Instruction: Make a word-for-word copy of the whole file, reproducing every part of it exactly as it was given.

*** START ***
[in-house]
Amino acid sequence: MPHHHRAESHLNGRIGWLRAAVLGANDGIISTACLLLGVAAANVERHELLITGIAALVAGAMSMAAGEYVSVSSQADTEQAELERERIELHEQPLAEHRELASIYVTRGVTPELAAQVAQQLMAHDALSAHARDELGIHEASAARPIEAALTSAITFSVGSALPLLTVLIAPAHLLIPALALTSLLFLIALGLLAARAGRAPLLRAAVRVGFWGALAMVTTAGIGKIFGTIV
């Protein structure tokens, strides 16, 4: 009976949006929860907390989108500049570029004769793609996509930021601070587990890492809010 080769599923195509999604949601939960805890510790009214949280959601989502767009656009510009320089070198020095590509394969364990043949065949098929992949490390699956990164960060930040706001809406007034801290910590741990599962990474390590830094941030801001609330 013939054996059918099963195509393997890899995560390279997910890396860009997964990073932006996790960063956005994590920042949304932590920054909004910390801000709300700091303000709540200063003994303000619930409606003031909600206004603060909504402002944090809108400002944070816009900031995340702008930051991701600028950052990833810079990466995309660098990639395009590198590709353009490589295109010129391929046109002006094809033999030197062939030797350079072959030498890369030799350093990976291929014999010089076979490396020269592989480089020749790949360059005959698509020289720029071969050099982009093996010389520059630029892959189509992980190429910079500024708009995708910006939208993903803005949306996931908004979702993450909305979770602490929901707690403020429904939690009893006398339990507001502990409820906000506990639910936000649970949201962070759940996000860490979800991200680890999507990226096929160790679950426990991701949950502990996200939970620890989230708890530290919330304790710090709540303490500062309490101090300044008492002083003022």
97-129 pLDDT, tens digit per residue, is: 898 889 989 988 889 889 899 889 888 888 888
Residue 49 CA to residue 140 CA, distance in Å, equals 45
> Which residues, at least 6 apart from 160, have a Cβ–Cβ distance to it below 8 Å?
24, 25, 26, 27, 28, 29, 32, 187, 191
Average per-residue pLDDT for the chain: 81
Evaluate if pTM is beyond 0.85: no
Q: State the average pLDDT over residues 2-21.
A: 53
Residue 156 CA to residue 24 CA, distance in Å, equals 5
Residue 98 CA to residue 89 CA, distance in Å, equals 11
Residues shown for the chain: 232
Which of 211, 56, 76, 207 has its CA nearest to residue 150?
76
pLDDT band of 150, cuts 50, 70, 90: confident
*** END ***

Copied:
[in-house]
Amino acid sequence: MPHHHRAESHLNGRIGWLRAAVLGANDGIISTACLLLGVAAANVERHELLITGIAALVAGAMSMAAGEYVSVSSQADTEQAELERERIELHEQPLAEHRELASIYVTRGVTPELAAQVAQQLMAHDALSAHARDELGIHEASAARPIEAALTSAITFSVGSALPLLTVLIAPAHLLIPALALTSLLFLIALGLLAARAGRAPLLRAAVRVGFWGALAMVTTAGIGKIFGTIV
């Protein structure tokens, strides 16, 4: 009976949006929860907390989108500049570029004769793609996509930021601070587990890492809010 080769599923195509999604949601939960805890510790009214949280959601989502767009656009510009320089070198020095590509394969364990043949065949098929992949490390699956990164960060930040706001809406007034801290910590741990599962990474390590830094941030801001609330 013939054996059918099963195509393997890899995560390279997910890396860009997964990073932006996790960063956005994590920042949304932590920054909004910390801000709300700091303000709540200063003994303000619930409606003031909600206004603060909504402002944090809108400002944070816009900031995340702008930051991701600028950052990833810079990466995309660098990639395009590198590709353009490589295109010129391929046109002006094809033999030197062939030797350079072959030498890369030799350093990976291929014999010089076979490396020269592989480089020749790949360059005959698509020289720029071969050099982009093996010389520059630029892959189509992980190429910079500024708009995708910006939208993903803005949306996931908004979702993450909305979770602490929901707690403020429904939690009893006398339990507001502990409820906000506990639910936000649970949201962070759940996000860490979800991200680890999507990226096929160790679950426990991701949950502990996200939970620890989230708890530290919330304790710090709540303490500062309490101090300044008492002083003022």
97-129 pLDDT, tens digit per residue, is: 898 889 989 988 889 889 899 889 888 888 888
Residue 49 CA to residue 140 CA, distance in Å, equals 45
> Which residues, at least 6 apart from 160, have a Cβ–Cβ distance to it below 8 Å?
24, 25, 26, 27, 28, 29, 32, 187, 191
Average per-residue pLDDT for the chain: 81
Evaluate if pTM is beyond 0.85: no
Q: State the average pLDDT over residues 2-21.
A: 53
Residue 156 CA to residue 24 CA, distance in Å, equals 5
Residue 98 CA to residue 89 CA, distance in Å, equals 11
Residues shown for the chain: 232
Which of 211, 56, 76, 207 has its CA nearest to residue 150?
76
pLDDT band of 150, cuts 50, 70, 90: confident